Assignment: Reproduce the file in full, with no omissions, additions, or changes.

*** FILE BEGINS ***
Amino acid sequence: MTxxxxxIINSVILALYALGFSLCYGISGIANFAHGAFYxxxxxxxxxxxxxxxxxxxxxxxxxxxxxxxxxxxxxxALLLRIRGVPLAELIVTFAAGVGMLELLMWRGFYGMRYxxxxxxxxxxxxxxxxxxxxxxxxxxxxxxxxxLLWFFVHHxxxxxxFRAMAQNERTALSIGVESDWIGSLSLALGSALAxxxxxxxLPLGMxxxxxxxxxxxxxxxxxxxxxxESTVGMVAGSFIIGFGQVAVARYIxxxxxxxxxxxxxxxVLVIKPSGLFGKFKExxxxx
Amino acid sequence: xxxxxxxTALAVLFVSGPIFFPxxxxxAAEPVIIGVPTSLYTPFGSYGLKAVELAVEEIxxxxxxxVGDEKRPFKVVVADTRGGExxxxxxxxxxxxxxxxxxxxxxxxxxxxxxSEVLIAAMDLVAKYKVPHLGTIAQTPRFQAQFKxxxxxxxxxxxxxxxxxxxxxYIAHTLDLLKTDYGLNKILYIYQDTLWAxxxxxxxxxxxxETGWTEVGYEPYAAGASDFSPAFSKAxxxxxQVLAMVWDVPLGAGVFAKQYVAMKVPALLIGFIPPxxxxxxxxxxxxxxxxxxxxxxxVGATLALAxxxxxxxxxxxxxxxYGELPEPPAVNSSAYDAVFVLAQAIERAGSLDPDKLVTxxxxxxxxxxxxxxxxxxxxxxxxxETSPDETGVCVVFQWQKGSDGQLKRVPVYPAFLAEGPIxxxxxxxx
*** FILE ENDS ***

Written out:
Amino acid sequence: MTxxxxxIINSVILALYALGFSLCYGISGIANFAHGAFYxxxxxxxxxxxxxxxxxxxxxxxxxxxxxxxxxxxxxxALLLRIRGVPLAELIVTFAAGVGMLELLMWRGFYGMRYxxxxxxxxxxxxxxxxxxxxxxxxxxxxxxxxxLLWFFVHHxxxxxxFRAMAQNERTALSIGVESDWIGSLSLALGSALAxxxxxxxLPLGMxxxxxxxxxxxxxxxxxxxxxxESTVGMVAGSFIIGFGQVAVARYIxxxxxxxxxxxxxxxVLVIKPSGLFGKFKExxxxx
Amino acid sequence: xxxxxxxTALAVLFVSGPIFFPxxxxxAAEPVIIGVPTSLYTPFGSYGLKAVELAVEEIxxxxxxxVGDEKRPFKVVVADTRGGExxxxxxxxxxxxxxxxxxxxxxxxxxxxxxSEVLIAAMDLVAKYKVPHLGTIAQTPRFQAQFKxxxxxxxxxxxxxxxxxxxxxYIAHTLDLLKTDYGLNKILYIYQDTLWAxxxxxxxxxxxxETGWTEVGYEPYAAGASDFSPAFSKAxxxxxQVLAMVWDVPLGAGVFAKQYVAMKVPALLIGFIPPxxxxxxxxxxxxxxxxxxxxxxxVGATLALAxxxxxxxxxxxxxxxYGELPEPPAVNSSAYDAVFVLAQAIERAGSLDPDKLVTxxxxxxxxxxxxxxxxxxxxxxxxxETSPDETGVCVVFQWQKGSDGQLKRVPVYPAFLAEGPIxxxxxxxx